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My Little Pony: Micro-Series: #3: Rarity: 04/02/16

My Little Pony: Micro-Series: #3: Rarity by Katie Cook

My Little Pony: Micro-Series: #3: Rarity by Katie Cook is one of three Friends Ship is Magic comics I read on a whim. I'm also a fan of the cartoon series which surprises me as I was never was a fan of any of the previous generations.

Lauren Faust's relaunch of the series sparked something unexpected. Yes, she set out to tell good stories with a wide range of female characters who were well beyond the pretty and pink of the previous iterations.

That spark, though, has exploded into a self aware, genre savvy, parody welcoming world that extends beyond the HUB cartoon. The rules for television and publishing are different and there is greater freedom in what can be included. That means these comics can explore stories and characters in ways that the cartoon cannot.

We can all imagine that Applejack's family cider is the hard variety, even though on TV it isn't. We know Rainbow Dash LOVES the cider and can totally imagine her letting her main down with a pint or two of the stuff. We can imagine Fluttershy attracting the annoying dude bros (oh, I guess those would be Bronies) and not being able to shoo them away. Right?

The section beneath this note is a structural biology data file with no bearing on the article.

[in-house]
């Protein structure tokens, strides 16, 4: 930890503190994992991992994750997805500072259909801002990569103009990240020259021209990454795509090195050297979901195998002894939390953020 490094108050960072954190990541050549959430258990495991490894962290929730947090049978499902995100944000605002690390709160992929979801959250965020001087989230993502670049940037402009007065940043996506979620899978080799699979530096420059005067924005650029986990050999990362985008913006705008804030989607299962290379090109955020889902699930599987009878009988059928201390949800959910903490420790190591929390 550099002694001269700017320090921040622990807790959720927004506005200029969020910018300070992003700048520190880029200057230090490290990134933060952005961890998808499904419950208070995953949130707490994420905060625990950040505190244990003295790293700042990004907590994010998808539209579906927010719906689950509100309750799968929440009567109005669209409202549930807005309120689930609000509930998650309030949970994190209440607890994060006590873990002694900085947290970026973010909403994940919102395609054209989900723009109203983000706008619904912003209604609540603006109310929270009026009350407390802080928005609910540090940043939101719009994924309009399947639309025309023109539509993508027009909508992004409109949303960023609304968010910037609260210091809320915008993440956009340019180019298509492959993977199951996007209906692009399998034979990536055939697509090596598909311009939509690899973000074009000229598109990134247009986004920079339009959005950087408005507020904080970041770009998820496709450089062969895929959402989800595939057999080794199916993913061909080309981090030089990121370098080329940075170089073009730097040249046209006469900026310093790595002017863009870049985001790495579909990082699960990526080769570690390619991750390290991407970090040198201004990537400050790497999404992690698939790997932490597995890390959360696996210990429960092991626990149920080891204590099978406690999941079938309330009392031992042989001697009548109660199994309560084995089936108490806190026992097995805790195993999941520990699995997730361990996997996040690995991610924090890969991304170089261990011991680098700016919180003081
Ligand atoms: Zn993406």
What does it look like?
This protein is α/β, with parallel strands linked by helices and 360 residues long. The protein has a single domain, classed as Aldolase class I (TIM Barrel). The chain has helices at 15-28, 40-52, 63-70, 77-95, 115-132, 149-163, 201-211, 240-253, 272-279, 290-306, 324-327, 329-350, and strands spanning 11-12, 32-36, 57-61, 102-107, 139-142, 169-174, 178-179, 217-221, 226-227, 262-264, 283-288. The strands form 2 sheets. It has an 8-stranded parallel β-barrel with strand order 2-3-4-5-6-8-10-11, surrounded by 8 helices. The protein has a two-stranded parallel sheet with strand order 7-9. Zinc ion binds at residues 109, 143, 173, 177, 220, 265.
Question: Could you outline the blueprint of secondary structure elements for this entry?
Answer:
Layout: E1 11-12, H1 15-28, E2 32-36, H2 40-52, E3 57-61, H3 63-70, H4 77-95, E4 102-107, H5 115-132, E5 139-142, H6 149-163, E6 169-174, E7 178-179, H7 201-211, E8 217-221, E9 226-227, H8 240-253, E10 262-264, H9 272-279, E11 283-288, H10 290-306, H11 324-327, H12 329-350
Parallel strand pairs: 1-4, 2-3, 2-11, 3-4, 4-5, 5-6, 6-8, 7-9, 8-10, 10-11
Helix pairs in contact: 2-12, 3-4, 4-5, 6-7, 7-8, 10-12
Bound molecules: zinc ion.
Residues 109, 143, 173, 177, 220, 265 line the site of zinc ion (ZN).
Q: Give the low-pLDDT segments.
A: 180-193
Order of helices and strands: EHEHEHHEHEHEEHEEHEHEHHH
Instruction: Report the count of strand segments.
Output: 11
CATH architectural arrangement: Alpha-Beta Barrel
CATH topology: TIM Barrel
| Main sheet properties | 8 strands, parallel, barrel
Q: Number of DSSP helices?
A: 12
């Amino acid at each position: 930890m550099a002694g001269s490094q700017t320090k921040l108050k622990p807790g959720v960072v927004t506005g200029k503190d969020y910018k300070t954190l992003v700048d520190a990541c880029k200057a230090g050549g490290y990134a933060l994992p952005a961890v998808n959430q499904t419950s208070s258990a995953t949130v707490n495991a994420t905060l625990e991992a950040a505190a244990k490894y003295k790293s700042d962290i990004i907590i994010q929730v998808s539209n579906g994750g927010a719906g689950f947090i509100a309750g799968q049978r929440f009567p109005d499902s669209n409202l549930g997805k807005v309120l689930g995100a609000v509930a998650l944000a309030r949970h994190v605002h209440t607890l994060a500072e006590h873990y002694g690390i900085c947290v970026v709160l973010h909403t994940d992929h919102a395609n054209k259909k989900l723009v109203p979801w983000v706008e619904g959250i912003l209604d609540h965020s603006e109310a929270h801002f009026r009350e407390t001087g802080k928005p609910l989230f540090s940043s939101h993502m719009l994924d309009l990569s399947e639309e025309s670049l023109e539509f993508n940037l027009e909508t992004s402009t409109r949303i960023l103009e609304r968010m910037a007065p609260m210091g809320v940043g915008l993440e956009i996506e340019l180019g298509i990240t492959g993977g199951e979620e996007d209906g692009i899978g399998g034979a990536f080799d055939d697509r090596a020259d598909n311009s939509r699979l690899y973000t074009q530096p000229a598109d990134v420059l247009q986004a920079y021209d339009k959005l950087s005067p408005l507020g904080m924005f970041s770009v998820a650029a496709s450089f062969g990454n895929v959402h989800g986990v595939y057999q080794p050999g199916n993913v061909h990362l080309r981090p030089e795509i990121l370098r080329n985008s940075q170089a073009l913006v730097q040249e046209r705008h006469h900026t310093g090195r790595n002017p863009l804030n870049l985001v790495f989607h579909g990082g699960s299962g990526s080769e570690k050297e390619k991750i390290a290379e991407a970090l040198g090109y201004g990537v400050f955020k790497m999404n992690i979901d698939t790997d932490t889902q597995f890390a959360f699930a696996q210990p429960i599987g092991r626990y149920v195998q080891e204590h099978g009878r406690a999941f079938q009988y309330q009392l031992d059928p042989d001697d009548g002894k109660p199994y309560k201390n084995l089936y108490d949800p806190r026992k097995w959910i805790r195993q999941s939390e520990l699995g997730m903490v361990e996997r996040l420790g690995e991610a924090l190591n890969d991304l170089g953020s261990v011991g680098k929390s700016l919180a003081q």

Ponied up at the bar.

Here the main character in question is Rarity. She is the local fashion designer and has her hoof on the pulse of all things haute couture. She likes the finer things in life and saves up for a luxury weekend at a spa in the country.

Next up, branding.

Except, it isn't. It's really more of a dude ranch run by burned out hippies. California was ground zero for a lot of the hippy culture and there are still pockets of it all these decades later. I guess the Ponies have their own hippy pockets too. Rarity at first is horrified but she finds a way to help and turn the failing commune into a vibrant, thriving community. Even if they don't always get what she's saying.

Rarity and the hippies.

Beyond the hippy references and other silliness, there are some wonderful metafiction moments. My favorite is the hippy horse who seems both genre aware and self aware.

These micro adventures are short, packed with jokes and visual puns, and very fun to read.

Five stars

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